Now that thirty years of deregulation and tax cuts for the wealthy have failed so spectacularly, creating an economic catastrophe in its wake, the American people are beginning to recognize conservative economic policy for what it is: a disastrous recipe for privatizing profits and socializing costs, and shifting the economic burden to the poor and middle class.
But with 46 states facing budget shortfalls it is clear that conservative orthodoxy is still alive and holding sway in too many statehouses. Too often, the emphasis isn’t on change we can believe in — but on the same old cutting of services that people need rather than raising taxes on the rich who have disproportionately benefited from fiscal policy over these many decades.
We certainly see this short-sighted and proven wrong approach being pushed in New York. The state is confronting a budget deficit of $15 billion, and Governor Paterson has proposed $9 billion of harsh cuts in education, healthcare and social services, and $5 billion in new taxes that would hit the struggling poor and middle-class the hardest — making an already regressive tax system even more so.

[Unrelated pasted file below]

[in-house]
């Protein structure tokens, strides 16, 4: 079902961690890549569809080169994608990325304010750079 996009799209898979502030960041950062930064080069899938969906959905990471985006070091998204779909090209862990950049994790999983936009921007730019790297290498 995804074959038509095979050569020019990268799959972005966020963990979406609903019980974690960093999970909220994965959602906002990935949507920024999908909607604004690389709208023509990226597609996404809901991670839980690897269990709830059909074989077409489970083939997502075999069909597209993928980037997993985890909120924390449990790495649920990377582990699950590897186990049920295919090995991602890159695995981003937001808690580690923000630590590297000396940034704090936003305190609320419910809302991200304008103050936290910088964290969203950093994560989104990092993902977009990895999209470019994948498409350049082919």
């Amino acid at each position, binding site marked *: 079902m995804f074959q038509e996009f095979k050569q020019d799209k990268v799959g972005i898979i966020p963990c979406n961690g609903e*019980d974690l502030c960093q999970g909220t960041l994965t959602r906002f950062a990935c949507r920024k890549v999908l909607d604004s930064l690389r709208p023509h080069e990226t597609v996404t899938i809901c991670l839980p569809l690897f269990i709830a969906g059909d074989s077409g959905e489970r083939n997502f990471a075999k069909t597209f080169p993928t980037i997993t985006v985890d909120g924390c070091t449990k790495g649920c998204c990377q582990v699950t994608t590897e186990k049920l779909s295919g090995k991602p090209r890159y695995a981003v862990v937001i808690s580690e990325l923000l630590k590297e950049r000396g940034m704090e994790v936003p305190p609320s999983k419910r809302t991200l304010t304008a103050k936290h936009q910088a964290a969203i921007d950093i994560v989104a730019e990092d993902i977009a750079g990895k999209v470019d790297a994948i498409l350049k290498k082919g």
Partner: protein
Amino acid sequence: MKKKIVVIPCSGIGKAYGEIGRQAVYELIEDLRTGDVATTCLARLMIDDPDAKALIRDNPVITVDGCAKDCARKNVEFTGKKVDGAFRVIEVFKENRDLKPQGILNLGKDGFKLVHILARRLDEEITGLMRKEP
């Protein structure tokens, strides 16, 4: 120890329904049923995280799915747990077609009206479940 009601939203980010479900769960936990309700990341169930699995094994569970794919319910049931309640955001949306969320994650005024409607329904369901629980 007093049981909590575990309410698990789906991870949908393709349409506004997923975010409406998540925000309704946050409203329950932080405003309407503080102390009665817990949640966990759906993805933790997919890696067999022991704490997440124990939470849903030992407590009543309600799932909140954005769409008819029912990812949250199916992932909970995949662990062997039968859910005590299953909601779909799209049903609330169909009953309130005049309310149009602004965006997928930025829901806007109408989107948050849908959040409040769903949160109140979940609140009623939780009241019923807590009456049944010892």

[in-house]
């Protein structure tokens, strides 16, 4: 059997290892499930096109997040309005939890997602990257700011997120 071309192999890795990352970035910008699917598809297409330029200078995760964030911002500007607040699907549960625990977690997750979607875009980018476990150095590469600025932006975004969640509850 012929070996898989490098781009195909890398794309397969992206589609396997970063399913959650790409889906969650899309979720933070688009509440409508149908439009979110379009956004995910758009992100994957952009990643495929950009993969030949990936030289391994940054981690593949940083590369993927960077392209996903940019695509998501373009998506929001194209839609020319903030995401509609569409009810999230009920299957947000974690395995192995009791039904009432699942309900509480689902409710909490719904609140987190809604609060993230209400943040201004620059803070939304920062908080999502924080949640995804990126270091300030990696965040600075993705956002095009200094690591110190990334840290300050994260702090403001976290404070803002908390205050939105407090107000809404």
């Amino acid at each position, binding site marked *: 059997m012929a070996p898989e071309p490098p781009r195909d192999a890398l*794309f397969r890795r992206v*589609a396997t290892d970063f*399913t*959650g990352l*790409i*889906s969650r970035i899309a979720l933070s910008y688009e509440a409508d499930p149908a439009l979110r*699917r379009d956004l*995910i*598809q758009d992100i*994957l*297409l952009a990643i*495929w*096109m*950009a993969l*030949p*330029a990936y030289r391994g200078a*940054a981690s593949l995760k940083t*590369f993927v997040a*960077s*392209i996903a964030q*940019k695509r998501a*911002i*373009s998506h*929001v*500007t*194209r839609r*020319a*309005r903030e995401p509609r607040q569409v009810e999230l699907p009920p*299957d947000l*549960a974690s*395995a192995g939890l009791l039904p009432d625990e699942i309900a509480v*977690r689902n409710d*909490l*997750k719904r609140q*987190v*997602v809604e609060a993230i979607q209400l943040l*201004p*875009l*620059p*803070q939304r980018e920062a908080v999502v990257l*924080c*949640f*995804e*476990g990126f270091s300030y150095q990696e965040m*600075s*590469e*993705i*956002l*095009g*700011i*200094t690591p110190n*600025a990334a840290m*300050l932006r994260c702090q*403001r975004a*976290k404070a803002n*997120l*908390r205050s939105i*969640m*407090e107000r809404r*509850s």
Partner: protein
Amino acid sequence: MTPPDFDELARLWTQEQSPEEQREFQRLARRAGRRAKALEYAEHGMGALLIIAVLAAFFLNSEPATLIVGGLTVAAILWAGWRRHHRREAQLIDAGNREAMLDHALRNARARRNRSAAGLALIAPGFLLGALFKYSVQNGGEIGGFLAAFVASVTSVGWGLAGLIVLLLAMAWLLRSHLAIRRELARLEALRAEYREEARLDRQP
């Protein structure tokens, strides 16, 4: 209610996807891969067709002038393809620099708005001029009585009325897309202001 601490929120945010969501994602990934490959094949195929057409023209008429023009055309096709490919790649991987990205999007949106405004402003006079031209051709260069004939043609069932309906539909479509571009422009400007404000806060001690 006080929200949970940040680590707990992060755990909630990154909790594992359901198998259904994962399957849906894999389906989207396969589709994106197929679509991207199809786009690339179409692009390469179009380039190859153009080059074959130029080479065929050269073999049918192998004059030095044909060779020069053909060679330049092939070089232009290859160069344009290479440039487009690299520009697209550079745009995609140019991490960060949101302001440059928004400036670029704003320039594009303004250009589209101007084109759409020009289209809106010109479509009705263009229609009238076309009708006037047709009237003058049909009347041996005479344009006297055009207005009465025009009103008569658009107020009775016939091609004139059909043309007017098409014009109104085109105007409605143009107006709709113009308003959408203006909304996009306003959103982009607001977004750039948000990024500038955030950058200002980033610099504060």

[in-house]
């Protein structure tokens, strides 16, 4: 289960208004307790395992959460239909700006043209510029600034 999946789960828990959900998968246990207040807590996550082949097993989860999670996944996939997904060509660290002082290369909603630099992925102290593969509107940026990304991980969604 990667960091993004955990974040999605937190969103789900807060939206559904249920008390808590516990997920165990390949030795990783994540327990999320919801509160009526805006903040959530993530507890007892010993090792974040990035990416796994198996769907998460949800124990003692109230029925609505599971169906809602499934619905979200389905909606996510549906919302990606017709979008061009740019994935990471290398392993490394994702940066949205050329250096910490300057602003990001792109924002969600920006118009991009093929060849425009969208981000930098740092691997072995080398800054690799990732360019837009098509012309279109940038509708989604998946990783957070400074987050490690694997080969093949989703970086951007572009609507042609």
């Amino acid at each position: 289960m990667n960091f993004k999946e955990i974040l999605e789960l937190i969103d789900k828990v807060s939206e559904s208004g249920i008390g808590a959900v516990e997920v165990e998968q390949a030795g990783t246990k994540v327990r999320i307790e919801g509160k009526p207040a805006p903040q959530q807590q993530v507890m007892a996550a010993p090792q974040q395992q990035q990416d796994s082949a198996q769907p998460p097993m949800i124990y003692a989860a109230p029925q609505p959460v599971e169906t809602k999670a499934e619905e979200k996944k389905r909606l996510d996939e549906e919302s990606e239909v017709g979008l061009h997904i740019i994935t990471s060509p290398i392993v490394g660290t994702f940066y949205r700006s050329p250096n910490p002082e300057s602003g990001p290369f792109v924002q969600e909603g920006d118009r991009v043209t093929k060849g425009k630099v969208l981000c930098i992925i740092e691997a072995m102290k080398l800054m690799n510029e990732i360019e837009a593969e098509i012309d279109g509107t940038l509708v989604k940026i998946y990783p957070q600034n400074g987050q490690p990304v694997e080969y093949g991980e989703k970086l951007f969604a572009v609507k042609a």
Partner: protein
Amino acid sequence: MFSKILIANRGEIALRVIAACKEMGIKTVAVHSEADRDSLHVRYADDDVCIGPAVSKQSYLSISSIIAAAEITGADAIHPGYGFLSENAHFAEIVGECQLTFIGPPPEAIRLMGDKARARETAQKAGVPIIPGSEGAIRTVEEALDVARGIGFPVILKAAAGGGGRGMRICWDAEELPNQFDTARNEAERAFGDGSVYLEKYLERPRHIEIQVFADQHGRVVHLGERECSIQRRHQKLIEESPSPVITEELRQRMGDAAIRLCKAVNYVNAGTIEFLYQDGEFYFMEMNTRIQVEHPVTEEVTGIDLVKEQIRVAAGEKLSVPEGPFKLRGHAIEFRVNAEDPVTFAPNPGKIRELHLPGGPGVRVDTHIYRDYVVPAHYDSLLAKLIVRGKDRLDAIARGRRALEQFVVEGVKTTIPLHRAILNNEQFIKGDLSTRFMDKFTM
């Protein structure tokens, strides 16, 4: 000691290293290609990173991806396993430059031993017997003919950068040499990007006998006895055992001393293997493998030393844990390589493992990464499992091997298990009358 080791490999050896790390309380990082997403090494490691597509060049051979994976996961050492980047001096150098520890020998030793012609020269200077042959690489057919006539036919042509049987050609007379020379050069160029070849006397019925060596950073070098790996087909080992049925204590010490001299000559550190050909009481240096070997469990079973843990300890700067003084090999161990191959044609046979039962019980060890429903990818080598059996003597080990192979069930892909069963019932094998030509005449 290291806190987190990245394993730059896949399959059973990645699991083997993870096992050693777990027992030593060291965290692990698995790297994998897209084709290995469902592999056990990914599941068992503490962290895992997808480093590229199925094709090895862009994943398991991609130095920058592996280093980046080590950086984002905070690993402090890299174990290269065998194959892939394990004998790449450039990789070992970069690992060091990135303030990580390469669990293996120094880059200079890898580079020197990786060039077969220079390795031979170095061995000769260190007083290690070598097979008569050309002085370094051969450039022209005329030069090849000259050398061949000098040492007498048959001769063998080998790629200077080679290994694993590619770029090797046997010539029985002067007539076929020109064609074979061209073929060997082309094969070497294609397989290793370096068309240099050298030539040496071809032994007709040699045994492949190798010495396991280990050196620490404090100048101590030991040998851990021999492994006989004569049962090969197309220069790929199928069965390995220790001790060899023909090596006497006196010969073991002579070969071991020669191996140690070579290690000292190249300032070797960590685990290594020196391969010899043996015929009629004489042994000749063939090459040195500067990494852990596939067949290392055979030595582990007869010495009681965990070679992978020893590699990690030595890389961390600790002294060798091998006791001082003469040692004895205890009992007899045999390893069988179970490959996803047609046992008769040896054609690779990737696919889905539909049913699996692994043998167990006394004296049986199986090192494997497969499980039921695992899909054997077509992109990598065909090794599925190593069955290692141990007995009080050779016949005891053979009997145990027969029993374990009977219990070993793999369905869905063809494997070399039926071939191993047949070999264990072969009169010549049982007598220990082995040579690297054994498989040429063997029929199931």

If you asked most New Yorkers what income level qualifies for the highest tax bracket you would get a range of answers — from $250,000 to $1 million to $5 million. In fact, an individual making just $20,000 pays the highest income tax rate of 6.85 percent. So a teacher — perhaps one of thousands who would be laid off under Paterson’s proposal — currently pays the same rate as Bernie Madoff, Donald Trump and the hedge funders. Equally troubling, Paterson’s proposed revenues would be generated through taxes and fees on items such as sodas, transportation, cable tv, college tuition … things that would hit the already struggling poor and working class the hardest.
Fortunately there is a great alternative proposal gaining momentum in the New York legislature and with constituents. Democratic Senator and Nation contributor Eric Schneiderman has introduced the Fair Share Tax Reform Act of 2009 which would raise $6 billion in new annual revenues by slightly increasing the taxes on the wealthiest 5 percent of New Yorkers.